“I do not understand my own actions. For I do not do what I want, but I do the very thing I hate.”
The language that St. Paul uses here in Romans 7 describes the gap between what someone once called “The is and the ought”. Paul writes from that gap. It is where we all find ourselves. But how do we deal with it?
Some ignore the gap and resolve themselves into their desires and impulses, letting what is simply be what is. In the 1960′s they put it this way, ‘If it feels good, do it’.
Others are driven by the gap to take a higher road and recognize that some form of ethical and moral effort are necessary. The struggle to be fully human must progress beyond the level of animal impulse.
Humor is another response. Laughing at the gap is sometimes the best that we can do.
Then there are those who are consumed by the gap. Those for whom the tensions between what is and what ought to be are too much. They fall into despair, cynicism, even madness.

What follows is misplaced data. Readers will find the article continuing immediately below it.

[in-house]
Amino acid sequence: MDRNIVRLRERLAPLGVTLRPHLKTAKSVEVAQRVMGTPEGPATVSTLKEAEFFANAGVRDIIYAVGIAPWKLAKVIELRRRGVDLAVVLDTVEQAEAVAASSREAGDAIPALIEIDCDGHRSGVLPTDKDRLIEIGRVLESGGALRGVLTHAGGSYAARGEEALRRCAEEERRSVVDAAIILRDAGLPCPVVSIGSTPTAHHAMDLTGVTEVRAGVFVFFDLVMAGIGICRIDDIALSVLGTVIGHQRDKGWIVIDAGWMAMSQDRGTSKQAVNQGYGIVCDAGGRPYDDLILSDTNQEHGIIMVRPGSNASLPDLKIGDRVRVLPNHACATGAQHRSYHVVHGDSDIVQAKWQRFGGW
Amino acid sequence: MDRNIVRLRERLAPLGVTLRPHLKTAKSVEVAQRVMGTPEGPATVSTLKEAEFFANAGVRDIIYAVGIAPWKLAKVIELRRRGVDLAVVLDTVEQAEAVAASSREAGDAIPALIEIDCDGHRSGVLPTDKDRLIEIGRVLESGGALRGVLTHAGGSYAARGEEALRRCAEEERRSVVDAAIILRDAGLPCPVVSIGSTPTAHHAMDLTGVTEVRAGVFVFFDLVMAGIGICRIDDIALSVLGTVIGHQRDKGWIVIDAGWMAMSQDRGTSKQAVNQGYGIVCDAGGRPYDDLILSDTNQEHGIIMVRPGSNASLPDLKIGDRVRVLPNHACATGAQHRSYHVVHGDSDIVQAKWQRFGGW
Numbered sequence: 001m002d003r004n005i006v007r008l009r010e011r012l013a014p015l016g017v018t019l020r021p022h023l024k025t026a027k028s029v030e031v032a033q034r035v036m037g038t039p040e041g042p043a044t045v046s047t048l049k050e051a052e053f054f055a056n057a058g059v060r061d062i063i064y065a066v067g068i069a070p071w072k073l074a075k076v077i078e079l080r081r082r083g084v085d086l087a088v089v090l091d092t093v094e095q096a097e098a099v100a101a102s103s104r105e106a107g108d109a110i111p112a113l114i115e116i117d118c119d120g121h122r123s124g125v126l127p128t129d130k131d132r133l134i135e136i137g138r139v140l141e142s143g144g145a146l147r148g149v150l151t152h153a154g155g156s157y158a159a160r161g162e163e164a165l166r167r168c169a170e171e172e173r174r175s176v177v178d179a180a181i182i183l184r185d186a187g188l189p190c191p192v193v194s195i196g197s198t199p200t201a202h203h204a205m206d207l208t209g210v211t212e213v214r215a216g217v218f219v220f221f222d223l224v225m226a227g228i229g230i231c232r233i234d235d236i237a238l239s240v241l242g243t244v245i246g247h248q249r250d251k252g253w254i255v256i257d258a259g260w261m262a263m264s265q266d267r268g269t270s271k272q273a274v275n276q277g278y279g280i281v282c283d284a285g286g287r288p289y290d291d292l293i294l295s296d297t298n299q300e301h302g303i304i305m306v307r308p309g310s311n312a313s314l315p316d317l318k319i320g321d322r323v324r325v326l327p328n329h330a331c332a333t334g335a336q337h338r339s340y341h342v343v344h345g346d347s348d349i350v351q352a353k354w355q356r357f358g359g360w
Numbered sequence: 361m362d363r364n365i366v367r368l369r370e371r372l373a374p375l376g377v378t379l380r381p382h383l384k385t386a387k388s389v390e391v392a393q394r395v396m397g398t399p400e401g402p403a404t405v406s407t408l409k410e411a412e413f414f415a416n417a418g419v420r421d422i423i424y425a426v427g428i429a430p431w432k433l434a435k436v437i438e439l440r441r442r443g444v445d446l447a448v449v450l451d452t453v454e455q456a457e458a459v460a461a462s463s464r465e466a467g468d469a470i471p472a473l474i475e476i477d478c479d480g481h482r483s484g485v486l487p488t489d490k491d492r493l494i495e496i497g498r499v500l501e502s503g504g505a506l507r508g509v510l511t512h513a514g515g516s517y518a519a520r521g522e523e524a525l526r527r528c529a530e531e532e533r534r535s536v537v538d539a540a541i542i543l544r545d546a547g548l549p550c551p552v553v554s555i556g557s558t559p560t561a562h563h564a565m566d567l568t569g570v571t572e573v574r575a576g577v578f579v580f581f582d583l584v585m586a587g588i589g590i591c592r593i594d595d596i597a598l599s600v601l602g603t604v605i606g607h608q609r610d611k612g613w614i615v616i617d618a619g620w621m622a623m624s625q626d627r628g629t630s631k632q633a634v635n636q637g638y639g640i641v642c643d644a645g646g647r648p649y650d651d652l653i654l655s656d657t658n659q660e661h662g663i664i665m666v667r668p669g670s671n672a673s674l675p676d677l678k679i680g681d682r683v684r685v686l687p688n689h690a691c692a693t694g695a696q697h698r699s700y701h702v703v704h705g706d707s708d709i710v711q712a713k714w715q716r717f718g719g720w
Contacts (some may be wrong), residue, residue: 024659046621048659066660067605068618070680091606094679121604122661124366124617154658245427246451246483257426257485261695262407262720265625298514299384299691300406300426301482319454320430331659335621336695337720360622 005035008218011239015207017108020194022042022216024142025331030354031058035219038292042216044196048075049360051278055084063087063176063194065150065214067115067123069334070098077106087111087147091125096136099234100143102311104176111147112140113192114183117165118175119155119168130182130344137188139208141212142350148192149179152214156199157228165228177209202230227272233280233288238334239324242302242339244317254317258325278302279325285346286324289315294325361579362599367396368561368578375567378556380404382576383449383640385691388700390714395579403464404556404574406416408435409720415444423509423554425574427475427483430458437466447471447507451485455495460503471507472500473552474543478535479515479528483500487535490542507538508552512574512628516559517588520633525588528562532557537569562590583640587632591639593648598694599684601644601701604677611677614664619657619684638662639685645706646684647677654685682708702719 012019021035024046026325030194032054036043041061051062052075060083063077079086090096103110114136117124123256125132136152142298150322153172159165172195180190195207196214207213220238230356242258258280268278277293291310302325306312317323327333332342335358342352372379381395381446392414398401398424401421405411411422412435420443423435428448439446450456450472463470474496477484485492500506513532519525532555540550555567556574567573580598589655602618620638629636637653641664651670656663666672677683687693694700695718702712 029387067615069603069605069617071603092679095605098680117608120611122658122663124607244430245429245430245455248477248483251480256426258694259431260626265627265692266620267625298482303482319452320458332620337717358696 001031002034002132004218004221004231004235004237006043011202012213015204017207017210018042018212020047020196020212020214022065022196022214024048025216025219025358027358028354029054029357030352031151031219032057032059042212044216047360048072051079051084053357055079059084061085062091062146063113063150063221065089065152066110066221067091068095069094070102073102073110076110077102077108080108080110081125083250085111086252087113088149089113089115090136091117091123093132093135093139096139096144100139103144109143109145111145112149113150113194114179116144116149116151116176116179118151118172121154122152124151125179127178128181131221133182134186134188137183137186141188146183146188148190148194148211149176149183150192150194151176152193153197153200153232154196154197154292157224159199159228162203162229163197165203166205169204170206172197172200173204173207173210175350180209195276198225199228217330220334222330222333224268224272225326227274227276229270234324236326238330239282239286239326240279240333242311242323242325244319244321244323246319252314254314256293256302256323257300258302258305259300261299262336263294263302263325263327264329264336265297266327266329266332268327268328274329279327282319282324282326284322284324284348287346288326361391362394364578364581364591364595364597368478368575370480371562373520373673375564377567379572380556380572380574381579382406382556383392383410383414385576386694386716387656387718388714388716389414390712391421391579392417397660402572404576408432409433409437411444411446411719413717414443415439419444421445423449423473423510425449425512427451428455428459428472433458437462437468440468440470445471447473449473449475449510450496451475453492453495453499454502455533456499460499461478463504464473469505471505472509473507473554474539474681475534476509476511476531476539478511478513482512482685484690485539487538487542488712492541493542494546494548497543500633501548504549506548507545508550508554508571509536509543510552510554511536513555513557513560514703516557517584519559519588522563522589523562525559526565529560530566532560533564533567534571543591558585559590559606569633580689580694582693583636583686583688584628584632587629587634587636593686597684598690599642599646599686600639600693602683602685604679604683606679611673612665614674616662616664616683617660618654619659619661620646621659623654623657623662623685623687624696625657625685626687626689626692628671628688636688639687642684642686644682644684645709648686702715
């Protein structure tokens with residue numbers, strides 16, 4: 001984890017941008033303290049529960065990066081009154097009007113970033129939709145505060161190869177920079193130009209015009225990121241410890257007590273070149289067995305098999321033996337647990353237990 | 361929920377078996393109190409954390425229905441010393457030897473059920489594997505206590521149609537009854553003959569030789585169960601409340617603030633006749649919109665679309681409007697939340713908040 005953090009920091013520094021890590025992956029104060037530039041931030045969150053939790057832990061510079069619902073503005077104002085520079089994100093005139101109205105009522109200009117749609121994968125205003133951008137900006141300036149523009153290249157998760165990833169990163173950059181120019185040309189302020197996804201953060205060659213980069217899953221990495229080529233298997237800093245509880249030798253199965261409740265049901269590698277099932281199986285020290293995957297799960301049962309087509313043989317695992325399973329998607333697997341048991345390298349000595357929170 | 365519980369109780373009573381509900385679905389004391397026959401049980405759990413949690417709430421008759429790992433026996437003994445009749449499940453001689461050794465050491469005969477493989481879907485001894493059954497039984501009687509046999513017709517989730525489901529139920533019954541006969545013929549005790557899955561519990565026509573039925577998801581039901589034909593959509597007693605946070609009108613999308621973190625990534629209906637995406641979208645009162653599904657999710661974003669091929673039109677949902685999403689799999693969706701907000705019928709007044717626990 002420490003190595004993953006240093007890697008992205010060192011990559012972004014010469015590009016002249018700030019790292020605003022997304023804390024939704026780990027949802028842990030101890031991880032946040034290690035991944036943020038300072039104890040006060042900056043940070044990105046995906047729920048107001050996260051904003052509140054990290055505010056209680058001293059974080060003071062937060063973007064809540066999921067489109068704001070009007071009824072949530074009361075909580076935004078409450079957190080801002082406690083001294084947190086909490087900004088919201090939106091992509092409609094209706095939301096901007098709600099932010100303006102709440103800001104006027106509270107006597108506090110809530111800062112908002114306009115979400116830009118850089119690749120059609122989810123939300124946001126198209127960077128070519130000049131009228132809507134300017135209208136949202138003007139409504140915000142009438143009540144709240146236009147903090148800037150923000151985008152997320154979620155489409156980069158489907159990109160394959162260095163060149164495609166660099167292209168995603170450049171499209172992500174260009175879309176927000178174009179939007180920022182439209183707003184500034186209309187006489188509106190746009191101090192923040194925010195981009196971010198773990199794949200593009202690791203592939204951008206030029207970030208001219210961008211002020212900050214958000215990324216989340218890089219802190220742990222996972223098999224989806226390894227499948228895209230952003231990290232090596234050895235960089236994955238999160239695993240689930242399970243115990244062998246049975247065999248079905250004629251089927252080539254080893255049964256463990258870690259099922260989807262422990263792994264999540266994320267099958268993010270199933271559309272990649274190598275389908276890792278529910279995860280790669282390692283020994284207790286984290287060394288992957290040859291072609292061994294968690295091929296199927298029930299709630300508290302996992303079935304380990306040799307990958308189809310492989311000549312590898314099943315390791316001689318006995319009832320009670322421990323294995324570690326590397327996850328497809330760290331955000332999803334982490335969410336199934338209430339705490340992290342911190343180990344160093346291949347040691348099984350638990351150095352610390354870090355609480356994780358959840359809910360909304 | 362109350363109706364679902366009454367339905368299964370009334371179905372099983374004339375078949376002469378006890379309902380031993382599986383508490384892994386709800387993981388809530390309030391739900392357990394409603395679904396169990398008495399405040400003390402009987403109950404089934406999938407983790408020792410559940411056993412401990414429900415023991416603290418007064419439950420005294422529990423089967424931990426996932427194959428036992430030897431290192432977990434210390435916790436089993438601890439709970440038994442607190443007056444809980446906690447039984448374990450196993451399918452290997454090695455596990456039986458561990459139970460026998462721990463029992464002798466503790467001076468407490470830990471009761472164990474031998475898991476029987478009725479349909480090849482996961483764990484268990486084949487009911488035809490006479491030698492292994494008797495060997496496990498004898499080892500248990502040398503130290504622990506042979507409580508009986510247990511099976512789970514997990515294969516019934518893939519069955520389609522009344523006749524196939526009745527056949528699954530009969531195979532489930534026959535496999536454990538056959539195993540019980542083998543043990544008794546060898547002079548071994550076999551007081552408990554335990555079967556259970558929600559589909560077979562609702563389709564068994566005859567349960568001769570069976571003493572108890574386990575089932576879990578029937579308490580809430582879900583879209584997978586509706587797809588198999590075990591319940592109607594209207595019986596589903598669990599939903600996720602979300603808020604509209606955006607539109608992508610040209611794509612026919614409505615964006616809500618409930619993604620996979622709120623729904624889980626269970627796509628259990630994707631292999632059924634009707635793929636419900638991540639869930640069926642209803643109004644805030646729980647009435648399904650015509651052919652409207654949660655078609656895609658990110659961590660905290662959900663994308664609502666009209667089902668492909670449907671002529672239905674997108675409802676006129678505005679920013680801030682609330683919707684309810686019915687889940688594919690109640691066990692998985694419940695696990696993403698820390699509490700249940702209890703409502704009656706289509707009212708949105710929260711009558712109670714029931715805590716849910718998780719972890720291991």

Whatever approach we take to the gap, ignoring it, battling it, laughing at it or allowing it to overwhelm, the outcome remains the same. The gap is never closed. We remain caught in the tension between “the is and the ought”.
It is surprising, then, to know that even as he laments life in the gap, Paul does so as one for whom the gap has been closed! The yawning chasm between his humanity and its fulfillment was crossed at the cross. Only the forgiveness of God in Christ is strong enough, enduring enough to close the gap between what we are and what we ought to be.
We are not yet what we will be and we share this burden with the apostle. But we do not sing in a minor key. Even our laments ring with joyous hope as we look forward to that Day when the gap between “the is and the ought” will, in every way, be closed, and God’s great work of reconciliation in Jesus Christ will be complete.
“May the peace of God that passes all understanding keep your hearts and minds in Christ Jesus our Lord.”